I am disappointed in myself. I keep putting off my blog posts and going WEEKS at a time without posting. I can explain.
Not the fun kind of burnout. Nothing like the one you do in a fancy sports car. I mean the one where life sucks the energy out of you, leaving behind a hollowed out skeleton of who you once were.
The worst part was that I predicted my burnout about a month in advance. It mostly came down to the gradual onset of my workload. My typical schedule included my full-time gig at around 25 hours a week. As of September first, that number went up to 35 hours with teaching two college courses. After October first, that number climbed again to roughly 50 hours a week when a third part-time gig started.
I knew signing on that my hours would nearly double. I knew it would be a lot on me. I even developed a rough timeline of two weeks before I would feel the burnout symptoms.
However, I hoped one major factor would play out in my favor. In previous “burnouts,” I often kept pushing myself well beyond my limits. I literally had to be in my death bed before I stopped. This time around I had acceptance and awareness on my side. I promised myself to conduct a self check-in several times a day with a focus on my emotional, mental, and physical symptoms. I also brought my expectations down and literally told myself to go at seventy to eighty percent rather than one hundred the entire time.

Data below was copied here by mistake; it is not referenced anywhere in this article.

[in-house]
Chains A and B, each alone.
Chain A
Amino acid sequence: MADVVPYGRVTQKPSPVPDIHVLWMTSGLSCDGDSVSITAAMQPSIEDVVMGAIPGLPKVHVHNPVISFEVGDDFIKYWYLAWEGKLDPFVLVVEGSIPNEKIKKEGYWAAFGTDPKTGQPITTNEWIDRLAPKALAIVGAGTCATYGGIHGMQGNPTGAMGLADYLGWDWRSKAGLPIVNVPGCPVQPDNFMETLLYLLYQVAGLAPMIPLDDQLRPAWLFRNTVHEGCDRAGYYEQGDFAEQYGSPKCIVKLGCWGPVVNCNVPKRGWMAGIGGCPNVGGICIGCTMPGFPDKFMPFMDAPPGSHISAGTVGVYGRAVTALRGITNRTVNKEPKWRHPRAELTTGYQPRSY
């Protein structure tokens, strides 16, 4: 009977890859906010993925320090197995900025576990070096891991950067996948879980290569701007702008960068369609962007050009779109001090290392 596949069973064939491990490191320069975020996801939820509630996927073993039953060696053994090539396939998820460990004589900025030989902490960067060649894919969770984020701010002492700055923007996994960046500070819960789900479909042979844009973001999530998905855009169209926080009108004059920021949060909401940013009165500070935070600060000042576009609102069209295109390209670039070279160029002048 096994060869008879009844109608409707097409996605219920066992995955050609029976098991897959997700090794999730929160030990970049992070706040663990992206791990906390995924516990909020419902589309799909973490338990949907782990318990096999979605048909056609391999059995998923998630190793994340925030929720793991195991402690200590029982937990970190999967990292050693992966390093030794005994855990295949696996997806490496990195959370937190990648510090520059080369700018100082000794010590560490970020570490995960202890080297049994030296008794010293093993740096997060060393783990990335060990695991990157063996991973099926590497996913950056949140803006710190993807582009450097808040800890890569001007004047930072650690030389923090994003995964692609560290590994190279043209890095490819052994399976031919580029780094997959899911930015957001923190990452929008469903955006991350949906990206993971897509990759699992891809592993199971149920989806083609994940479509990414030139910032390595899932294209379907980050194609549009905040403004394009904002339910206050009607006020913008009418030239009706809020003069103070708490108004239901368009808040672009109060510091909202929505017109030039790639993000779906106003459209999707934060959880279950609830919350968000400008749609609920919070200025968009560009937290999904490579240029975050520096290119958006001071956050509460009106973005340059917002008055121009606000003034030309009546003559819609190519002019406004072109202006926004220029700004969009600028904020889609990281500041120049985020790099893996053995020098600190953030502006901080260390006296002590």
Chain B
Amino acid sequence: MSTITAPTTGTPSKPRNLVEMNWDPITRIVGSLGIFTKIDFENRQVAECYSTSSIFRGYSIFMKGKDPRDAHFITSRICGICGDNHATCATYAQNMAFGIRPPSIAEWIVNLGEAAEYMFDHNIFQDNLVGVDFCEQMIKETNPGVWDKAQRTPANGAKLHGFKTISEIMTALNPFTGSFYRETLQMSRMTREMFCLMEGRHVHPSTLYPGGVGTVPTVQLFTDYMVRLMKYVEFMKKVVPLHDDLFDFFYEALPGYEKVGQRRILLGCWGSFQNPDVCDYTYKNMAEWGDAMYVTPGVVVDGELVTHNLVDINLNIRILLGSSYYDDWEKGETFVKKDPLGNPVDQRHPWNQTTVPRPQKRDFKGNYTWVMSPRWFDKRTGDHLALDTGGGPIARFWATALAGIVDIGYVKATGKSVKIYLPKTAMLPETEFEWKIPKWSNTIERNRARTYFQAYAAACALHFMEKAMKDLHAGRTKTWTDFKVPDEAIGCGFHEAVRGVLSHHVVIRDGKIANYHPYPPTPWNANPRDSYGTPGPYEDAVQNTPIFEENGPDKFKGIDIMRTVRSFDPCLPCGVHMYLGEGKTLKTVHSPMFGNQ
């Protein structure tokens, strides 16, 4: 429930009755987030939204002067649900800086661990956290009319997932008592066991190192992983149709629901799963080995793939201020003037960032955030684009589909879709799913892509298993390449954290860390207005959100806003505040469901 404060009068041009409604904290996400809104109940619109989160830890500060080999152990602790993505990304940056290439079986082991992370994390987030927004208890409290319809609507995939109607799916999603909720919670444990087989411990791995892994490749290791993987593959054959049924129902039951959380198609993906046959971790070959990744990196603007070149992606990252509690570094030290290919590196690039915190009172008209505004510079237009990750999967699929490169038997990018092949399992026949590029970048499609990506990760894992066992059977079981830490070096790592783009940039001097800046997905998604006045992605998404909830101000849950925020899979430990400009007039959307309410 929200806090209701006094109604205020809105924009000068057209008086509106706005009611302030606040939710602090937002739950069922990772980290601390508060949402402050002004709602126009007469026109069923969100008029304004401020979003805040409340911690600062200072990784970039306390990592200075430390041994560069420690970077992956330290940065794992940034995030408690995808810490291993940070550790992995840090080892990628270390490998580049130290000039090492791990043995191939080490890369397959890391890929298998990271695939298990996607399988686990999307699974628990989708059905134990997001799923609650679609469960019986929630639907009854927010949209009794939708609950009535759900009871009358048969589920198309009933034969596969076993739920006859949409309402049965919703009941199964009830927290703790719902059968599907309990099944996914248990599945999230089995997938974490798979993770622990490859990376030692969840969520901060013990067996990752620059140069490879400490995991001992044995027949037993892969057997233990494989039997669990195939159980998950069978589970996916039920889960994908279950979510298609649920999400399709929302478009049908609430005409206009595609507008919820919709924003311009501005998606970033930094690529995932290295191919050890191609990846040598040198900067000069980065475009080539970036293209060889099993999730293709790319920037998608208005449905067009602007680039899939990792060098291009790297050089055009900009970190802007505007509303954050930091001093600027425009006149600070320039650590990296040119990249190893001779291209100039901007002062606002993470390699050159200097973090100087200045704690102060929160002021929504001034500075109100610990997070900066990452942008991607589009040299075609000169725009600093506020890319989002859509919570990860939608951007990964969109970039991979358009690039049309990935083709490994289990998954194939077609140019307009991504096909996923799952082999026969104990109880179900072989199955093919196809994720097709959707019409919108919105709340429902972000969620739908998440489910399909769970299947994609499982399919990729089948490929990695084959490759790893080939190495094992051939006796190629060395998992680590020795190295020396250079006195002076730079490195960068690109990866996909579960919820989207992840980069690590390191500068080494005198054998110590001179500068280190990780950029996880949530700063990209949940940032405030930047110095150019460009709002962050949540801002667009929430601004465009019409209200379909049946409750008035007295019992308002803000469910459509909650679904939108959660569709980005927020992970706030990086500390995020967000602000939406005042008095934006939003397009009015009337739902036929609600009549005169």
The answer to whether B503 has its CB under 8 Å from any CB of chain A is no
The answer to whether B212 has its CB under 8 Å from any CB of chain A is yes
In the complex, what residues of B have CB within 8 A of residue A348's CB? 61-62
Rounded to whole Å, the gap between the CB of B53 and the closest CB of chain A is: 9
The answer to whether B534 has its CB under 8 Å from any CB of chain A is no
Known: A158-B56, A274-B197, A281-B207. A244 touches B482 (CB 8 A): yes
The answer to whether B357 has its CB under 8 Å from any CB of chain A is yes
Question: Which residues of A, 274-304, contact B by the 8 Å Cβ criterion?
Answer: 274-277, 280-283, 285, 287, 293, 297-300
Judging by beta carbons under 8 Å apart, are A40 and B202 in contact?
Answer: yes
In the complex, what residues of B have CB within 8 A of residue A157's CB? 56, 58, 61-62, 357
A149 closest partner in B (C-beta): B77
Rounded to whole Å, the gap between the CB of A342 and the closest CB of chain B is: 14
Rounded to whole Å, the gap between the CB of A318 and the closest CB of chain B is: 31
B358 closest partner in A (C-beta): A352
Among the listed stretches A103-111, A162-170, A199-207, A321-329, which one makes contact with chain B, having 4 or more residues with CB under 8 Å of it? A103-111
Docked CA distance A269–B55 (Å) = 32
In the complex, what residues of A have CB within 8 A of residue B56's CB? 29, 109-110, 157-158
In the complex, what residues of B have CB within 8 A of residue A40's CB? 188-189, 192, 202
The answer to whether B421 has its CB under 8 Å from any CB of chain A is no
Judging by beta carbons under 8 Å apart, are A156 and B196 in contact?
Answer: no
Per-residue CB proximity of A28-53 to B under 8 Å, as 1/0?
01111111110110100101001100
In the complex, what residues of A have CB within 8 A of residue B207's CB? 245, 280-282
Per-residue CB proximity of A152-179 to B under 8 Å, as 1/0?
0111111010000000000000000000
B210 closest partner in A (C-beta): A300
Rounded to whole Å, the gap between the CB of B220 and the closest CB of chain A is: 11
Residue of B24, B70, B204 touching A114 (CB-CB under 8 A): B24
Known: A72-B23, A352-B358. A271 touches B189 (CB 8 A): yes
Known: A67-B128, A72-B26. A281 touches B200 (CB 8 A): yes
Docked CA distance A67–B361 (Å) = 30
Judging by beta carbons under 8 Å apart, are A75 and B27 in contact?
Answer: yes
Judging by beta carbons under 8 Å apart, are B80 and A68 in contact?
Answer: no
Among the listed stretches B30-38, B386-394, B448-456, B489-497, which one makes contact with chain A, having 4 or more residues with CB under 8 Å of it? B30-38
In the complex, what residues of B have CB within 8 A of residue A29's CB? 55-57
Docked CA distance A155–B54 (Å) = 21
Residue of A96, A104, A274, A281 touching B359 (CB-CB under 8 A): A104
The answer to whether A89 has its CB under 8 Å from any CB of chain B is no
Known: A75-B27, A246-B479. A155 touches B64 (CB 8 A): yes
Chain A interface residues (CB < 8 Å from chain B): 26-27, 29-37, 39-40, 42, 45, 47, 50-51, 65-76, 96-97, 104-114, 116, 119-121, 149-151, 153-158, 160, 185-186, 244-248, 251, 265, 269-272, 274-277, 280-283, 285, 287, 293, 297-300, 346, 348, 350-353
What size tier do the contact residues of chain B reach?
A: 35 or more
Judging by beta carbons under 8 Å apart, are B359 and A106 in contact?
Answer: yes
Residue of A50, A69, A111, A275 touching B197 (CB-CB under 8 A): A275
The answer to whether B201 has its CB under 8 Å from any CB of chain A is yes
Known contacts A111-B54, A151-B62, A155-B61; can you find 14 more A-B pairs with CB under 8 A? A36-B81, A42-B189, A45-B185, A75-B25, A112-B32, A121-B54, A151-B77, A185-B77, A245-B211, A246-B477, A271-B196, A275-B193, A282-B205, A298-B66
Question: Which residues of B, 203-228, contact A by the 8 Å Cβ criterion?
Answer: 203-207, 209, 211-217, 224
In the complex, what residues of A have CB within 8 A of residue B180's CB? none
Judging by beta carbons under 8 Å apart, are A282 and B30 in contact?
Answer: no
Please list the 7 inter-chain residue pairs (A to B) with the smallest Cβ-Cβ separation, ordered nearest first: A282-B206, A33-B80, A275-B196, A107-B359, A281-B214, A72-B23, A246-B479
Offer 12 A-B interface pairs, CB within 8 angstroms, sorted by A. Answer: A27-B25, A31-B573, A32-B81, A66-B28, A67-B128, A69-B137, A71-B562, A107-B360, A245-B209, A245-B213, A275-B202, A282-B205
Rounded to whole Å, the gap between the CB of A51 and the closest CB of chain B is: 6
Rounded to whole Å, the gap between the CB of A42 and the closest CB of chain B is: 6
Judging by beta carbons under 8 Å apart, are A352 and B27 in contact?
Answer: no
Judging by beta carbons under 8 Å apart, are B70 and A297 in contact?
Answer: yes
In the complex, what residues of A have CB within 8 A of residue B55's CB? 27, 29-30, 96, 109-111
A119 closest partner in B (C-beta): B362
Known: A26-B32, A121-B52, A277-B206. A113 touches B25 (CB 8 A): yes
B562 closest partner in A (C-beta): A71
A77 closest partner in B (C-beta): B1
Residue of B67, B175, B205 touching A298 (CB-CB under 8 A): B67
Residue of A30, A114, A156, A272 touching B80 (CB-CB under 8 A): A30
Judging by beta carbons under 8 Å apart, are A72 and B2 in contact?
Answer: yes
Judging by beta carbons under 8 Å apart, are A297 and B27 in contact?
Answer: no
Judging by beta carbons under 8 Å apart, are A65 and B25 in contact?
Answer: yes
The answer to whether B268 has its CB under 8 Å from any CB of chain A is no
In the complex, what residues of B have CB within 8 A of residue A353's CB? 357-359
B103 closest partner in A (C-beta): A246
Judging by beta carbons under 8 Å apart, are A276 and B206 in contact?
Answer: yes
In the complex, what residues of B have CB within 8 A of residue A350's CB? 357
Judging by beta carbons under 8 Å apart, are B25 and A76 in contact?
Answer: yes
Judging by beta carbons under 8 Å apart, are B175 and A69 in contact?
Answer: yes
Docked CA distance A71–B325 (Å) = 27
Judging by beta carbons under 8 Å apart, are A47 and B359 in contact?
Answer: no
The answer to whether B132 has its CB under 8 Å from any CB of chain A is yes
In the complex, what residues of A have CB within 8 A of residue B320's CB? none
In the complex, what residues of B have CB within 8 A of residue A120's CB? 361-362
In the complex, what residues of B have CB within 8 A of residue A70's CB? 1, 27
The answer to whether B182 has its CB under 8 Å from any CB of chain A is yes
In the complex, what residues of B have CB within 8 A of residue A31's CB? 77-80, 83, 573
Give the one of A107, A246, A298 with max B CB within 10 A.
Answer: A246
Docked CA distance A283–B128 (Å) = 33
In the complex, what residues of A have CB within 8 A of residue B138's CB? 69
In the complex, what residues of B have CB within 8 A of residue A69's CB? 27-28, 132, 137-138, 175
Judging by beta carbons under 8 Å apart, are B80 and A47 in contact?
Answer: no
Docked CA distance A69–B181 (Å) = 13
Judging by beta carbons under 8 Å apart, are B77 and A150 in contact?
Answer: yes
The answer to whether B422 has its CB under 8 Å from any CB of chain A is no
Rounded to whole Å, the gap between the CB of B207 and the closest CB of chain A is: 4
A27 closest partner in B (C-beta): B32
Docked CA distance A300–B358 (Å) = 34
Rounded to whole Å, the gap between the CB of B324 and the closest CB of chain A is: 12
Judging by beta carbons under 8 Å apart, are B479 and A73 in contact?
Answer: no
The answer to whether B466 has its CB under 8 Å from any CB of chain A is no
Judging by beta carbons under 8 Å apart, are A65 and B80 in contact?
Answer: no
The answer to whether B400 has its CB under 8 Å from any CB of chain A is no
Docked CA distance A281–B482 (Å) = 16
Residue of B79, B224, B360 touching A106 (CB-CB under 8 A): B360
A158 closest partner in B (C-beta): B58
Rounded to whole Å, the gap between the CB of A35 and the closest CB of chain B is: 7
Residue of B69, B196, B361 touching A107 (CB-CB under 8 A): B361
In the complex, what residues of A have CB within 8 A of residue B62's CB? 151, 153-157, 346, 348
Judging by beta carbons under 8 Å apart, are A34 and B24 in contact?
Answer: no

As predicted, the two-week mark hit. Up until that point, I did rather well. I only missed two appointments due to burnout. Other than that, I kept pace. I felt it in my body first though. My fibromyalgia pain kicked in. Fatigue got the better part of me, resulting in dizzy spells. Next came the isolation. I barely spoke to anyone. I could not handle any sort of feelings from anyone. I preserved what little emotional energy I had for work.
It all came to a head with my mental health. I sat in front of my laptop the other night ready to fill out this silly eight-question survey for work. I started at it for a few moments. My eyes welled up. What the hell was going on? I was about to cry over a damn survey!
My brain had enough. I knew that I was pushing too hard. I took a deep breath, finished the survey, and closed my laptop. I had a few more hours worth of work ahead, but it was not worth risking my mental health over it.
Do not underestimate the relationship you have with yourself. Of all relationships, it is the most important. No one knows you better than you know yourself. You just have to be willing to have real talk with that person. It could literally save your life one day.
-The Caring Counselor